I did my own ranking of pop-culture icons back in 2004. Now inevitably out of date, alas.
Let's see how the Smithsonian did:
Meet the 100 Most Significant Americans of All Time
A new, special issue of Smithsonian magazine attempts the impossible: to list out the most significant people in United States history
By T.A. Frail
That’s where we come in. Smithsonian magazine has been covering American history in depth from its inaugural issue, published in 1970. Among the Smithsonian Institution museums we work closely with is the National Museum of American History. By synthesizing our expertise with the systematic rigor of Skiena and Ward’s rankings, we sought to combine the best of quantitative measures and qualitative judgment.
First, we asked Skiena and Ward to separate figures significant to American history from the world population. Then, rather than simply taking their top 100, we developed categories that we believe are significant, and populated our categories with people in Skiena and Ward’s order (even if they ranked below 100). This system helped mitigate the biases of Wikipedia.
It also would justify including people who never set foot in America--anyone from Jesus to Hitler. But never mind.
Here are the Smithsonian's 10 categories and the Native people who made the list:
Rebels & resisters
Five of 100 isn't bad considering Natives make up only 1-2% of the US population. Of course, they formed a majority of the continent's inhabitants as late as 1750, so perhaps they deserve five slots.
I'd actually take out Sacagawea and Pocahontas because I don't think they were that important in the grand scheme of things. I might add Geronimo for his fearsome reputation. Maybe Will Rogers depending on how popular he really was.
Poorly chosen categories
The biggest problem with the Smithsonian's list is its choice of categories. There's no category for scientists and inventors, or intellectuals and writers. These are major omissions.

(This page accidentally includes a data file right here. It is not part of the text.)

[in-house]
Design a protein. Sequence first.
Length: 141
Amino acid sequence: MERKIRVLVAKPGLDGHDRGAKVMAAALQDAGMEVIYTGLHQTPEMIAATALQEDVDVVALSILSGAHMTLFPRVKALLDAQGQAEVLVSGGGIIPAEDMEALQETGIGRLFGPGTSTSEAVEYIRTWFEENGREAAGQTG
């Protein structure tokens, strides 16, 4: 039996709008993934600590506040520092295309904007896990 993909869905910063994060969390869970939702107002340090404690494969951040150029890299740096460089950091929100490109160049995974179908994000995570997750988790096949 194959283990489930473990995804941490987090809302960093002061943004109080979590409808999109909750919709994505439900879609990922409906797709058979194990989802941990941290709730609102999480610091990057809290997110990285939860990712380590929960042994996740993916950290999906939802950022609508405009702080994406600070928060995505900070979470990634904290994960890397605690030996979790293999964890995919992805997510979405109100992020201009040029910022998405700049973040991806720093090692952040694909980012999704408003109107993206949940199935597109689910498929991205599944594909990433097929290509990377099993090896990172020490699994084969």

Furthermore, why outlaws, athletes, or artists? Was Billy the Kid or Secretariat really significant in US history? I don't think so.
I imagine someone at the Smithsonian thought outlaws would be more exciting than scientists, and athletes more exciting than intellectuals. I doubt the Smithsonian could justify these choices on the basis of significance to US history.
Here's how I'd redefine the category to reflect significance, the supposed subject of this exercise, rather than popularity, marketability, or whatever criterion the Smithsonian used.
Military & political leaders
Intellectuals & writers
Architects, artists, & musicians
Athletes, entertainers, & pop icons
Scientists & inventors
I don't particularly like the "Trailblazers" category. I'd take out Columbus and Vespucci because they never set foot in America. Besides, if you include them, why not King Ferdinand and Queen Isabella, Sir Francis Drake, Hernán Cortés, or King George III?
In any case, I'd take out a few other "trailblazers" and replace them with the Spanish and other explorers who helped colonize the West.
I'd probably include most of the people in the "Rebels & resisters" category, but they'd have to fit into "Military & political leaders," "Intellectuals & writers," or "Social reformers." These categories would create room in "Military & political leaders" for generals such as William Tecumseh Sherman or Dwight D. Eisenhower and politicians such as Henry Clay or John C. Calhoun.
The biggest omission must be scientists and inventors: Benjamin Franklin, Eli Whitney, Robert Fulton, Samuel Morse, Alexander Graham Bell, the Wright brothers, Albert Einstein, J. Robert Oppenheim, Wernher von Braun, Margaret Sanger, Jonas Salk, James D. Watson and Francis Crick, et al.
You could argue for or against any of these...but really, none of them made the top 100? How about most or all of them instead?
As for the omitted categories: Sorry, first women...you'd have to be significant in another category to qualify. Sorry, outlaws and athletes...you'd have compete in the category with other pop icons. In either case, if you're not significant enough, you're out.
I don't think my categories would lead to any more Natives making the list. But something like a quarter or a third of the entries would change. The results would reflect "significance to American history" much better.